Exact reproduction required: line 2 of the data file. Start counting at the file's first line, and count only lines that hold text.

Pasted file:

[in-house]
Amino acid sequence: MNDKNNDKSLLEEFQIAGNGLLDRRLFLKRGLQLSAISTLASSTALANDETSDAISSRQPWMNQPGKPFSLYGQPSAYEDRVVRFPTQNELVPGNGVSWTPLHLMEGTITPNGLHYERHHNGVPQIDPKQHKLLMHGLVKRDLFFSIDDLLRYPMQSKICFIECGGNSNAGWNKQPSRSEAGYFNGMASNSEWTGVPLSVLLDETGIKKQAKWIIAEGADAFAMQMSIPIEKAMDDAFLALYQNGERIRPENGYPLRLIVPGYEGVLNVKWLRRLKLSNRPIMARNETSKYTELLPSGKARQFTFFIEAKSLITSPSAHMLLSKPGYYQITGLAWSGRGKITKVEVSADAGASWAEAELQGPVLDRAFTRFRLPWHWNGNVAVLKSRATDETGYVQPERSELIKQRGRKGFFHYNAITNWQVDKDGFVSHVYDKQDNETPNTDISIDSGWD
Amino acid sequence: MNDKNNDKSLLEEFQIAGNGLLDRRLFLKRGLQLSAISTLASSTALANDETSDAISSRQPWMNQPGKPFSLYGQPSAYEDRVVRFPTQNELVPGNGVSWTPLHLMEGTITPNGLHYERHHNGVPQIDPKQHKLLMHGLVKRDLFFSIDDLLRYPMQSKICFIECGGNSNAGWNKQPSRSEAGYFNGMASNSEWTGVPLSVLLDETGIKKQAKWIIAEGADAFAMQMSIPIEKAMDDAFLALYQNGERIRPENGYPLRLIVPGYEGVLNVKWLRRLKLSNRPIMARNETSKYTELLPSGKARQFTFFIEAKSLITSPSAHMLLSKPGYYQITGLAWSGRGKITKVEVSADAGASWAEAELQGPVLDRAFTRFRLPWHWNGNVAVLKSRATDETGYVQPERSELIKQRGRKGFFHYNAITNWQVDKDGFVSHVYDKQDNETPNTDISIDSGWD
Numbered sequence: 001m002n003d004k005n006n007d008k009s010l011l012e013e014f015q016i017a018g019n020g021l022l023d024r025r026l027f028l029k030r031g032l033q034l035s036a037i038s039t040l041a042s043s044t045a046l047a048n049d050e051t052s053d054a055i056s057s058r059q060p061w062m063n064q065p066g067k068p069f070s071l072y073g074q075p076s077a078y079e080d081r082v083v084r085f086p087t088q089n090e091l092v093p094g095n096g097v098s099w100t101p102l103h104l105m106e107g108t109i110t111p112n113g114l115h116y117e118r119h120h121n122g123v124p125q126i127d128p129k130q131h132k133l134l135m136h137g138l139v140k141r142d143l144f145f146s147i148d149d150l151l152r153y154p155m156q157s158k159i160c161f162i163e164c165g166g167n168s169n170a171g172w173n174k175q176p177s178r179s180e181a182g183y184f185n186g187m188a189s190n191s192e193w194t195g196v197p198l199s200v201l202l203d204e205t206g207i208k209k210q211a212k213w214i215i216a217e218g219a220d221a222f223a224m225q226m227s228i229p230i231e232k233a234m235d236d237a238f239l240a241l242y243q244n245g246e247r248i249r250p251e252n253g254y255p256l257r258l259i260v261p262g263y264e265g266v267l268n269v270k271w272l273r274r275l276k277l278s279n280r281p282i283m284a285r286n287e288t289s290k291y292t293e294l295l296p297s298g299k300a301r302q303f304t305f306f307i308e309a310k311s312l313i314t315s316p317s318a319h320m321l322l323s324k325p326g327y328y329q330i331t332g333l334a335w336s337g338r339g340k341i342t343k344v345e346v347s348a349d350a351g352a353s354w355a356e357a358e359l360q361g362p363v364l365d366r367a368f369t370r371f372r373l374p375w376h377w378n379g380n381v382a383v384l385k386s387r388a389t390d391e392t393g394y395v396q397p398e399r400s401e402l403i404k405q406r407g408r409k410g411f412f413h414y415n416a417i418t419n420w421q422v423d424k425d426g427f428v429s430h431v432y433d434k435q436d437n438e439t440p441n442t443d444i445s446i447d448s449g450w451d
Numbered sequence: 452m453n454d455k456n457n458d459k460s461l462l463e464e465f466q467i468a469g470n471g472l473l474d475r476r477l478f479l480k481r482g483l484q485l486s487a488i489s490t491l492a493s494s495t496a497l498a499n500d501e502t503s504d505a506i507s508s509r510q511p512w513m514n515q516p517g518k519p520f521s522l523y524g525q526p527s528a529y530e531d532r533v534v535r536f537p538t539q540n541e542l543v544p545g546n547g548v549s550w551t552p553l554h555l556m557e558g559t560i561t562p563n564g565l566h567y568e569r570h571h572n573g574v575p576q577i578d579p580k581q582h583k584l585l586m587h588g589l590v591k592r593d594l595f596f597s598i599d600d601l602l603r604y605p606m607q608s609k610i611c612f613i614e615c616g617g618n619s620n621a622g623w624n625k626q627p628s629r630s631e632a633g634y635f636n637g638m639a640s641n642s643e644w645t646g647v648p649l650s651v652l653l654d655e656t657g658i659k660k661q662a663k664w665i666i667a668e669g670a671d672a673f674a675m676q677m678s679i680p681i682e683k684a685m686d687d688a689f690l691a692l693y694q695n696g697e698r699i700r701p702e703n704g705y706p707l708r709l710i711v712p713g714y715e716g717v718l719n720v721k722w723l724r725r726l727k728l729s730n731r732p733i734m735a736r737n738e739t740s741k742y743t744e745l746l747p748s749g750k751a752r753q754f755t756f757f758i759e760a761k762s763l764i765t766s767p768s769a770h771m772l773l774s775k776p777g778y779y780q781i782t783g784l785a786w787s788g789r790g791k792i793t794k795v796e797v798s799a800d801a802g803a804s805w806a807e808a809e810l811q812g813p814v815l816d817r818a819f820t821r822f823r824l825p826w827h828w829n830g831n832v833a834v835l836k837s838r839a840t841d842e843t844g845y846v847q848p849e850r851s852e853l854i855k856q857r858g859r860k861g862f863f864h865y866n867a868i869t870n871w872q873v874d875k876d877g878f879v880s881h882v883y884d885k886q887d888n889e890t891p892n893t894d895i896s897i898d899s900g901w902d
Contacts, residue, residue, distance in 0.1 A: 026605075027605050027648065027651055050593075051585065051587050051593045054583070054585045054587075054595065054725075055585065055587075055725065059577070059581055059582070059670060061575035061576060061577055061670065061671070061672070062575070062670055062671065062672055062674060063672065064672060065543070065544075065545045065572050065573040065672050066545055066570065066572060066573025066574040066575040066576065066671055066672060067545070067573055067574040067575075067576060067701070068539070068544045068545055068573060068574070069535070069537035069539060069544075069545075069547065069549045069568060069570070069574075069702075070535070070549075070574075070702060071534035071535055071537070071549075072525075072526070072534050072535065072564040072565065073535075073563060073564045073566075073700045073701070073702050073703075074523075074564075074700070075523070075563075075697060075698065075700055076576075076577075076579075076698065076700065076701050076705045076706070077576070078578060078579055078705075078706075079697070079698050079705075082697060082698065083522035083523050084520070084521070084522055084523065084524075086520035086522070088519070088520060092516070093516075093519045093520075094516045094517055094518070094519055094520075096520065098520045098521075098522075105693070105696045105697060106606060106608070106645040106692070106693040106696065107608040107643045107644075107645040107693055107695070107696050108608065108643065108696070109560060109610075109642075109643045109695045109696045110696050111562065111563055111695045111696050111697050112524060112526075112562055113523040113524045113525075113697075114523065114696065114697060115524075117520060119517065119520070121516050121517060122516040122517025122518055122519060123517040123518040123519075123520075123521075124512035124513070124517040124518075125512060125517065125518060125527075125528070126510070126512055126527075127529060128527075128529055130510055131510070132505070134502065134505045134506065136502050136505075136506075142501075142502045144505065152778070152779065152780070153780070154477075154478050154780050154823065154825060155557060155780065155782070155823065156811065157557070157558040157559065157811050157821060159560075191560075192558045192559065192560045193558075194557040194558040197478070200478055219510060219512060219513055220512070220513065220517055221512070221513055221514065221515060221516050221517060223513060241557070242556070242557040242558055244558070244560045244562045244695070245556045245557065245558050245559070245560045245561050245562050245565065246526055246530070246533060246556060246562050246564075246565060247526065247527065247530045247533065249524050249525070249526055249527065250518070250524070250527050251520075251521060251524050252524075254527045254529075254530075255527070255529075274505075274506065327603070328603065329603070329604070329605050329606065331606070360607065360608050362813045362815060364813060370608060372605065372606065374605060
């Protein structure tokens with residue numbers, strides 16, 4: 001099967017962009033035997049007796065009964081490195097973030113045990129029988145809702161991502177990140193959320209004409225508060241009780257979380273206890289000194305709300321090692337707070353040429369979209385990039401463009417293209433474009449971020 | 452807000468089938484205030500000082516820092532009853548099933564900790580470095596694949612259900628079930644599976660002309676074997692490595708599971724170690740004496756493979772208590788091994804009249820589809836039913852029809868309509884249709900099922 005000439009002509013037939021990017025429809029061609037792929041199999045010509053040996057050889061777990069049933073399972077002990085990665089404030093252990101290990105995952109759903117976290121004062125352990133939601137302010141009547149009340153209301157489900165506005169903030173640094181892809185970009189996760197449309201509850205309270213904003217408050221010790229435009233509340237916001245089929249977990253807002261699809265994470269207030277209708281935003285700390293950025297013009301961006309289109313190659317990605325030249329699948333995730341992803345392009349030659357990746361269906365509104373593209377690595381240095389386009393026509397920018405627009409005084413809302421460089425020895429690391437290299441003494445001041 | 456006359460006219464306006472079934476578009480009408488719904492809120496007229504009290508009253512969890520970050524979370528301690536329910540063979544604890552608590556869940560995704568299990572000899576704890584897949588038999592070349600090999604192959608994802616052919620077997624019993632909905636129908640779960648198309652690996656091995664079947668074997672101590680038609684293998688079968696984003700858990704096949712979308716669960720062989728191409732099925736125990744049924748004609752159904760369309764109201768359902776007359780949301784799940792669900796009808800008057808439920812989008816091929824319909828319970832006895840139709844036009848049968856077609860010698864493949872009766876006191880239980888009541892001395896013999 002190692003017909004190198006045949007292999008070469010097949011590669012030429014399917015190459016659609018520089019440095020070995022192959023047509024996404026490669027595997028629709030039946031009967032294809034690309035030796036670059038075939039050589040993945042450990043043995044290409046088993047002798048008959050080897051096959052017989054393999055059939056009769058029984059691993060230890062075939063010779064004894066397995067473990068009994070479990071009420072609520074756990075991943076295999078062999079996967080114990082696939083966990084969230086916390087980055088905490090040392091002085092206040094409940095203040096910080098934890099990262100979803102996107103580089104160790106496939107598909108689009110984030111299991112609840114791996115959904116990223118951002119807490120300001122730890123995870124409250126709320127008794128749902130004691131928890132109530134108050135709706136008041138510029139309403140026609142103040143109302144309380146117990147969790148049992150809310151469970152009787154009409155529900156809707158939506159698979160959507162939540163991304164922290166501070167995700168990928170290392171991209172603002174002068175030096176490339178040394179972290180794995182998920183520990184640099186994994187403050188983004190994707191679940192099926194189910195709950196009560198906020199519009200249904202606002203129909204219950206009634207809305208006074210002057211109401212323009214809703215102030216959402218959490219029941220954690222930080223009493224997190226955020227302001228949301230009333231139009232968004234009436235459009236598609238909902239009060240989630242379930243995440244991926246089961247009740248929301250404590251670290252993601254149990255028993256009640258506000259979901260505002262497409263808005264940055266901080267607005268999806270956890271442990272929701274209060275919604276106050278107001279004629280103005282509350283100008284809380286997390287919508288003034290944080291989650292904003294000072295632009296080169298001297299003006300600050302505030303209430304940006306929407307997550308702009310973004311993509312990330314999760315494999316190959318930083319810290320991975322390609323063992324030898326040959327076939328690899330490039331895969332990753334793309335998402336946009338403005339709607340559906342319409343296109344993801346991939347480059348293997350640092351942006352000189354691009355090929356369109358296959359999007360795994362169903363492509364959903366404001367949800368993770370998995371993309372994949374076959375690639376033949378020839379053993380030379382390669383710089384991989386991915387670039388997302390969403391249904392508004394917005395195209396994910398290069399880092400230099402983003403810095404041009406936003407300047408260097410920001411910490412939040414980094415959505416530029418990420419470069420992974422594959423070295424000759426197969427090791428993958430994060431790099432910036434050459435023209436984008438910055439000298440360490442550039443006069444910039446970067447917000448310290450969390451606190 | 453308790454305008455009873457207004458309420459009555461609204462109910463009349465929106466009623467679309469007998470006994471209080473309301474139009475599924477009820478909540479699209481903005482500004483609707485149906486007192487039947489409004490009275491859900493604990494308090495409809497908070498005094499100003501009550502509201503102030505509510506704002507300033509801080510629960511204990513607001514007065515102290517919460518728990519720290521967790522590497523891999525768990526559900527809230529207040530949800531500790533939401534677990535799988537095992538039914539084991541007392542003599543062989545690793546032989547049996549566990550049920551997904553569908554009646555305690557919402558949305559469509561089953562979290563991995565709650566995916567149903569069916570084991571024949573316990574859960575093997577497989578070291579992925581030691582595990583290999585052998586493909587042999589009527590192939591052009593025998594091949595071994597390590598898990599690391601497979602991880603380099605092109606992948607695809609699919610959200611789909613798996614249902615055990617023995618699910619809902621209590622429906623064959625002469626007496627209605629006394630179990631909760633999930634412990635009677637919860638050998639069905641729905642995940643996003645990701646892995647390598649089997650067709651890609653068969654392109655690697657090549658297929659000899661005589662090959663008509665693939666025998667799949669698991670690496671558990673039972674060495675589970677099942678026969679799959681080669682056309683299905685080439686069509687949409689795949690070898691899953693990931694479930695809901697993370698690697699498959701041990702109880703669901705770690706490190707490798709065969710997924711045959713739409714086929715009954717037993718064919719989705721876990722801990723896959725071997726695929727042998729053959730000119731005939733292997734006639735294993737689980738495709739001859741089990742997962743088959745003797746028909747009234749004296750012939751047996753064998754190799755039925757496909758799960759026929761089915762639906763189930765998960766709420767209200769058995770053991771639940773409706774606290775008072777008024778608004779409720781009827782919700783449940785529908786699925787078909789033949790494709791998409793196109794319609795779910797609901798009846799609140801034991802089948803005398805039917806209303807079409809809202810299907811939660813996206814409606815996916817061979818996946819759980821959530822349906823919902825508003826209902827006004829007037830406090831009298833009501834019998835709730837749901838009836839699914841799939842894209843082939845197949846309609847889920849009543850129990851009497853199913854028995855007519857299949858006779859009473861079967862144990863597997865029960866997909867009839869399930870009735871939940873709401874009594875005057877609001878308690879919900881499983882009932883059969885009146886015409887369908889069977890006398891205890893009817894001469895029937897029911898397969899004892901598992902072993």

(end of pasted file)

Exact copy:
Amino acid sequence: MNDKNNDKSLLEEFQIAGNGLLDRRLFLKRGLQLSAISTLASSTALANDETSDAISSRQPWMNQPGKPFSLYGQPSAYEDRVVRFPTQNELVPGNGVSWTPLHLMEGTITPNGLHYERHHNGVPQIDPKQHKLLMHGLVKRDLFFSIDDLLRYPMQSKICFIECGGNSNAGWNKQPSRSEAGYFNGMASNSEWTGVPLSVLLDETGIKKQAKWIIAEGADAFAMQMSIPIEKAMDDAFLALYQNGERIRPENGYPLRLIVPGYEGVLNVKWLRRLKLSNRPIMARNETSKYTELLPSGKARQFTFFIEAKSLITSPSAHMLLSKPGYYQITGLAWSGRGKITKVEVSADAGASWAEAELQGPVLDRAFTRFRLPWHWNGNVAVLKSRATDETGYVQPERSELIKQRGRKGFFHYNAITNWQVDKDGFVSHVYDKQDNETPNTDISIDSGWD